Tuesday, February 9, 2010
Variant I, 2002. Nike Air Jordans. 52"x45"
Prototype for New Understanding #16, 2004. Nike Air Jordans and human hair. 22 1/2" x 12" x 18"
Prototype for New Understanding #23. 2005. Nike Air Jordans. 18 1/2" x 20 1/2: x 5 7/8"
Prototype for New Understanding #14. 2003. Nike Air Jordans and human hair. 25"x14"x12"
Brian Jungen is a Canadian born artist (Vancouver) and based out of Montreal, Canada. Born in 170, he graduated college in 1992 from the Emily Carr Institute of Art and Design. He is Swiss, Canadian, and Dunne-za First Nations (aboriginal Canadian). He draws much of his inspiration from his own cultural heritage. His work revolves around the ideas and concepts of "found art" and its manipulation into, but not complete transformations (i.e. not completely changing its meaning). He is most recognized for his work with Nike Air Jordan Shoes (Prototypes of New Understanding) and recreates the shoes into aboriginal masks that evoke certain cultural meanings and implying their corruptions as well. The color pallet that he chooses for these shoes in specific (Red and Black) are colors that are traditional colors of the First Nations people. While he creates these sculptures of capitalist artifacts, there's still a direct correlation with the ideals of the cultural artifact of his people. Jungen has been exhibited throughout Canada, has shown at the Smithsonian National Museum of the American Indian and the Tate Modern in London.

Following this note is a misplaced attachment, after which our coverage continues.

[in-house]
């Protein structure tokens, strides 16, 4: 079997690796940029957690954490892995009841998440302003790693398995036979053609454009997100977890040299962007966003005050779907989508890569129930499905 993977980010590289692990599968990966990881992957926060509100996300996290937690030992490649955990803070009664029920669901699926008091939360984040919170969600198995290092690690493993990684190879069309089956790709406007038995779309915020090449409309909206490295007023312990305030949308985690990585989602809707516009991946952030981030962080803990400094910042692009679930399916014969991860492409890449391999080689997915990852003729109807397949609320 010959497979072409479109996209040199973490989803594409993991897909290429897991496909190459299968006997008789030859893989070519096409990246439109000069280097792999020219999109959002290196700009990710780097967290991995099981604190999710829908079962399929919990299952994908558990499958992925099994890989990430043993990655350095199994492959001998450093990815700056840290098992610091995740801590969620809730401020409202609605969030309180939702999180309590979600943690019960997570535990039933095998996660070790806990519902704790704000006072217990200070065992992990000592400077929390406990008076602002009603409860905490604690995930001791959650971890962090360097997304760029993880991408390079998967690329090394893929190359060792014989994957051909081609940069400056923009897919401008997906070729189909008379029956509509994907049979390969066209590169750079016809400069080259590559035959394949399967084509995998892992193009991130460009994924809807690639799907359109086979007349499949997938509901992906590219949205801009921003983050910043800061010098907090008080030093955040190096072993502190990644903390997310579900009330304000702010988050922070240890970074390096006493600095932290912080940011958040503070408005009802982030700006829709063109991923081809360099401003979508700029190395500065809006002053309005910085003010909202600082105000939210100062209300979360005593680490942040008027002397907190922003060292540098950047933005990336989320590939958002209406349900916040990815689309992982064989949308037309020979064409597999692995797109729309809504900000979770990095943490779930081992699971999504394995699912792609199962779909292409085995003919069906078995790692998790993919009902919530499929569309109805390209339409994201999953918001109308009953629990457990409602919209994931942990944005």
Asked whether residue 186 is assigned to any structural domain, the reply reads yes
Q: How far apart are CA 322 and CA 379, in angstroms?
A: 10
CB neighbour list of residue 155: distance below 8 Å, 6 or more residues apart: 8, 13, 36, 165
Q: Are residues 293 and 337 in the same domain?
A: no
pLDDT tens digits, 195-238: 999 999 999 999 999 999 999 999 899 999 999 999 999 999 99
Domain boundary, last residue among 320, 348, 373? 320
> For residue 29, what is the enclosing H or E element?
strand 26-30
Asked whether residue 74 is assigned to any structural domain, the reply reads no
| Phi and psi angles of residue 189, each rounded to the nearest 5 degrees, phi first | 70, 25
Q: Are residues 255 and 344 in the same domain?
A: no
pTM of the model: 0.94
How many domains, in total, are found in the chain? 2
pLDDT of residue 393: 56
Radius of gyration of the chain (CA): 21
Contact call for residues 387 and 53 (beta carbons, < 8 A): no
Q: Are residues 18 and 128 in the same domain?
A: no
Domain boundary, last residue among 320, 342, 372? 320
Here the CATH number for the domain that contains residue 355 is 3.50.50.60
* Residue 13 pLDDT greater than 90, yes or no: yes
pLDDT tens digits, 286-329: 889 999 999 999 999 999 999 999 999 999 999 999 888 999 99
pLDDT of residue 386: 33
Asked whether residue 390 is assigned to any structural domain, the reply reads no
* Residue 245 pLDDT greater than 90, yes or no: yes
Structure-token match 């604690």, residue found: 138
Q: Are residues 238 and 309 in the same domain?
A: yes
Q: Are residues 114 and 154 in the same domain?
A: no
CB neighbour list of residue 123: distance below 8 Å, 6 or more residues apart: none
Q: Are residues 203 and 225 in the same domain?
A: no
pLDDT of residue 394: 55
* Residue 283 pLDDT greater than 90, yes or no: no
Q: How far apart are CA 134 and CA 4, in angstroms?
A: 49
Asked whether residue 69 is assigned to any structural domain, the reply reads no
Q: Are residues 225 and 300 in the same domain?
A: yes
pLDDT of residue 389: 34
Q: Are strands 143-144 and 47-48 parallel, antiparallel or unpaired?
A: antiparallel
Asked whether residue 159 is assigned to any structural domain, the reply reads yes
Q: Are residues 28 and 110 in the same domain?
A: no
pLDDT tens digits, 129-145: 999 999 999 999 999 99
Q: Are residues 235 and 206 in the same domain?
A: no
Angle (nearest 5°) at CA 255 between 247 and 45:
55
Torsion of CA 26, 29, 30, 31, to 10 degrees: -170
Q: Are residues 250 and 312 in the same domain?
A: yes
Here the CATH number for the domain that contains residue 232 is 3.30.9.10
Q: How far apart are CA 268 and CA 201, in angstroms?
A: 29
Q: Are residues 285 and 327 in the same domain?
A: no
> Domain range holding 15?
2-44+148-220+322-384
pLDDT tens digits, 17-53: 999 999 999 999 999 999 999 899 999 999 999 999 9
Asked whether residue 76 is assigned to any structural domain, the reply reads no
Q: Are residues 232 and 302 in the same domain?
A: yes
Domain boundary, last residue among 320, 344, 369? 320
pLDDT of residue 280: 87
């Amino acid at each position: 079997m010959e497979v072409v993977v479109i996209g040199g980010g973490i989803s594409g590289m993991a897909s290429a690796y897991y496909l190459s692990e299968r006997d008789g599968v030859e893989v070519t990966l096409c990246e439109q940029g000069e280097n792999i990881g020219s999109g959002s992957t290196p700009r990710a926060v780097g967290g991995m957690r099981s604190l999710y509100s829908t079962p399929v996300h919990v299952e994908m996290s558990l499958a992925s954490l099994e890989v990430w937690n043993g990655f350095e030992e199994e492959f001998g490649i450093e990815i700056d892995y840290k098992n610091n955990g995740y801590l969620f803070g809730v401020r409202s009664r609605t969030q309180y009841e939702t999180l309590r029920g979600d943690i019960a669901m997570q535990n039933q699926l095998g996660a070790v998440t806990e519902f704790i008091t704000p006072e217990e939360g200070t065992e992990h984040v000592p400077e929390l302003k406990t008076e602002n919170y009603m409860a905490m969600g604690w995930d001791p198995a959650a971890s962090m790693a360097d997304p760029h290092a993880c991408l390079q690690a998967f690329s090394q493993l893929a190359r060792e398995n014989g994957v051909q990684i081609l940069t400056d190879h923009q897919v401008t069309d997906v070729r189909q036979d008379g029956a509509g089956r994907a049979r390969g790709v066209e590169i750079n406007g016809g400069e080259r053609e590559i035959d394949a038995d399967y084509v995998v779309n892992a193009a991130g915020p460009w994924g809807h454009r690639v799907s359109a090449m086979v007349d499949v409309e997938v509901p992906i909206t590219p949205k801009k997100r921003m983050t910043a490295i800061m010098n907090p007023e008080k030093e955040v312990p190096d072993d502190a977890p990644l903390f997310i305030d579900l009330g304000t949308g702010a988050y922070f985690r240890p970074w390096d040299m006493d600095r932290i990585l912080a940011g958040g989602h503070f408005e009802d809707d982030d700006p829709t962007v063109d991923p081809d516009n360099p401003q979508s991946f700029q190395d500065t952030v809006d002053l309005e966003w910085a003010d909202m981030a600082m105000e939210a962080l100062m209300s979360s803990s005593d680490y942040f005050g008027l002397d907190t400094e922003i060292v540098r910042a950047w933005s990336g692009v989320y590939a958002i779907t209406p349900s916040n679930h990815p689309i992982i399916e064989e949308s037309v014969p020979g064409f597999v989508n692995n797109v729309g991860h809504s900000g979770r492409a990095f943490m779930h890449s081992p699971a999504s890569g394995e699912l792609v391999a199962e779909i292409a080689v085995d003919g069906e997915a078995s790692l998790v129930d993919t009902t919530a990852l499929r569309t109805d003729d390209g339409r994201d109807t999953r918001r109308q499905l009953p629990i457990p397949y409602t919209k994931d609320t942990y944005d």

I have chosen to talk about Brian Jungen because of the influences of Heide in my studio practice. Although, I am uncertain about aspects of the work and the direction is could go in, I do feel she has a very valid point. She feels that my work throughout my graduate career has been good technically and visually, yet conceptually lacking and I've also been lacking on the vocal part of my presentation. She feels that it would be best to really figure out what it is that motivates me, and we found the top two, the first is Photography, I am wholeheartedly dedicated to this artistic medium and will continue to pursue it in all of my endeavors. And the second is sports. I have been a huge sports fan throughout my life and have extensive knowledge on many topics in the sports world both past and present. So I am experimenting with the ready made and ideas surrounding sports, the ready made, its idolization, and its cultural significance and repercussions in our society and its effects on people.
"Jungen's masks don't really have that much in common with the sacred objects that they're riffing on. It's hard to imagine a Haida dancer, circa 1800, recognizing them as anything he could ever use. Instead, they seem only to satisfy crude Western cliches of what native art looks like and means." - Blake Copnik (Washington Post)
"The Nike mask sculptures seemed to articulate a paradoxical relationship between a consumerist artefact and an 'authentic' native artifact." - Brian Jungen
Website (no official website)